HSBC's combative chief executive Michael Geoghegan was talking tough yesterday. "Are we on top of it [Household]? Yes we are and we are resolving it," he said. "We have put in people in the risk-profile side and we are bringing in a more consistent HSBC quality. We are bringing this business under the HSBC model."

Asked under what circumstance the bank would simply have done with the affair and sell Household, he said: "We are not considering selling so that is not a question it is worth responding to. We are feeling the house price impact in certain areas but 90 per cent of our customers are still paying us."

Getting "on top of it" has meant shaking up the management at Household. Yesterday the bank said Brendan McDonagh, previously chief operating officer of the company's New York retail bank and a well-respected HSBC lifer, was hurried in as chief operating officer and vice-chairman at the beginning of the week.

Those blamed for the debacle in the Household mortgage business have been fired but Bobby Mehta, chief executive of the US operations, has so far clung on to his job.

Mr Geoghegan also said the bank would be wary of buying up books of second mortgages or self-certification mortgages (sold to the self-employed and others unable to prove their income) in future.

The focus of Household - or HSBC Financial Corporation as it is now known - will change. HSBC wants to focus on the US's rapidly growing immigrant community who know its brand from their countries of origin and can be relied upon to work hard at establishing themselves and drag themselves up the social and income ladders.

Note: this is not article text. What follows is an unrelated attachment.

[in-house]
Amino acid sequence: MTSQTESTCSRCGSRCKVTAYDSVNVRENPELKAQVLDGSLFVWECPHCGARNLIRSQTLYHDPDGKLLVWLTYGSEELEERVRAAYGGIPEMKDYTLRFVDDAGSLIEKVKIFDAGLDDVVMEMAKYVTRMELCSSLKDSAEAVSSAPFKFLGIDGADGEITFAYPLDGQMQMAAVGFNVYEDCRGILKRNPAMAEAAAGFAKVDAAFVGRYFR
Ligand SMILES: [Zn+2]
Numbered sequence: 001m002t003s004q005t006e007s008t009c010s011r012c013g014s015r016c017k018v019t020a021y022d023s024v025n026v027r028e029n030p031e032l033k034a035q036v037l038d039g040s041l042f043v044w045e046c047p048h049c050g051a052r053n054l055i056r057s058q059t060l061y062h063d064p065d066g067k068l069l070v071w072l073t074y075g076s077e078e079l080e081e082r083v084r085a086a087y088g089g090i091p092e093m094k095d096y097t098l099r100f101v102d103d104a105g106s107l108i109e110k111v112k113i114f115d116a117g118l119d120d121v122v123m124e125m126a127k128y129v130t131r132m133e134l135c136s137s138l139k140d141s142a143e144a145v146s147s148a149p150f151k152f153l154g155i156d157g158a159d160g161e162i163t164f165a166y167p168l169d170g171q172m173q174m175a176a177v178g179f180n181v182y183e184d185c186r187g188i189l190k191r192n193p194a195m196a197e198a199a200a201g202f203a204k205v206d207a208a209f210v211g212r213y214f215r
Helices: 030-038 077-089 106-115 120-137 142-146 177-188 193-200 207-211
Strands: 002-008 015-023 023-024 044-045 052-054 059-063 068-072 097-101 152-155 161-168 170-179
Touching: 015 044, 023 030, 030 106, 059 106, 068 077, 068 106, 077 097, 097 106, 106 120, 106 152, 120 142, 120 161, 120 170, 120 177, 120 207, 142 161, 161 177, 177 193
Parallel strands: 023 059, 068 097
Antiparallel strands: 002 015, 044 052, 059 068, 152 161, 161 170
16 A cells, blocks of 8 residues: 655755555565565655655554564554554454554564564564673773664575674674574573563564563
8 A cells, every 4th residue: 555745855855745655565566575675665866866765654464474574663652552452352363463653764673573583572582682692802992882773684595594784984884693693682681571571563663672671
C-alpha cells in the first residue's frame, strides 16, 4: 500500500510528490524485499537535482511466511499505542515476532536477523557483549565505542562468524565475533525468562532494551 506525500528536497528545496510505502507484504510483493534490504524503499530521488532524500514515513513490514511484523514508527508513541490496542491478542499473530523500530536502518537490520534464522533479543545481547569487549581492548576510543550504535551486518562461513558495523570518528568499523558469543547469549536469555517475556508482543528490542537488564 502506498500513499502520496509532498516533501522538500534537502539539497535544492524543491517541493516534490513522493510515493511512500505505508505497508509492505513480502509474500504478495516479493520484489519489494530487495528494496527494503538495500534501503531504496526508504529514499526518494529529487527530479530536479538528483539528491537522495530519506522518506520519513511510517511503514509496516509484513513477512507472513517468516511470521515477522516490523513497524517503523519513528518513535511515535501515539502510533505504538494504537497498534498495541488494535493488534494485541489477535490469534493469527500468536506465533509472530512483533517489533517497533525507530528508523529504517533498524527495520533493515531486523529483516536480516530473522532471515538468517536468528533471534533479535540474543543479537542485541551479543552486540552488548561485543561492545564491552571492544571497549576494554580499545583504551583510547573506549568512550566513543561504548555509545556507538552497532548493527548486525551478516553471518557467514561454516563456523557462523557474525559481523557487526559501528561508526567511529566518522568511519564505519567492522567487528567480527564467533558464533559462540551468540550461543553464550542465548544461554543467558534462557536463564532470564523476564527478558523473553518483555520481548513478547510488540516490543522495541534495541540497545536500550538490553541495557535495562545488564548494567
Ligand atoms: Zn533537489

Yesterday a spokesman sought to defend Household's history saying: "We still don't think this was a bad acquisition at all. Over three years we have made $9bn in profits and a 16 per cent return on our investment."

But with bad debts also rising in the UK, thanks to record levels of personal insolvency, is it not simply true that HSBC is not very good at lending money? "This is not the case. Our Asian businesses are doing well and this is a specific issue. Our UK bad debts are small by comparison."

To be fair, Household was bought under when Sir John Bond was executive chairman although Stephen Green (who now occupies that position) was chief executive. And they can hardly blame Sir John for what has happened since his departure.

Dissident investors are growing increasingly restive over this once rock-solid bank's performance. The bank's shares were the worst performers in the UK banking sector last year and some of the worst in Europe. If improvements do not start to happen fast it will not just be managers at Household who start to lose their jobs.

Those at the top of the heap may be looking for new opportunities as well. Yesterday's trading statement (profits warning) was a first for the bank. Many are now asking how long before it will be followed by a defenestration at the top.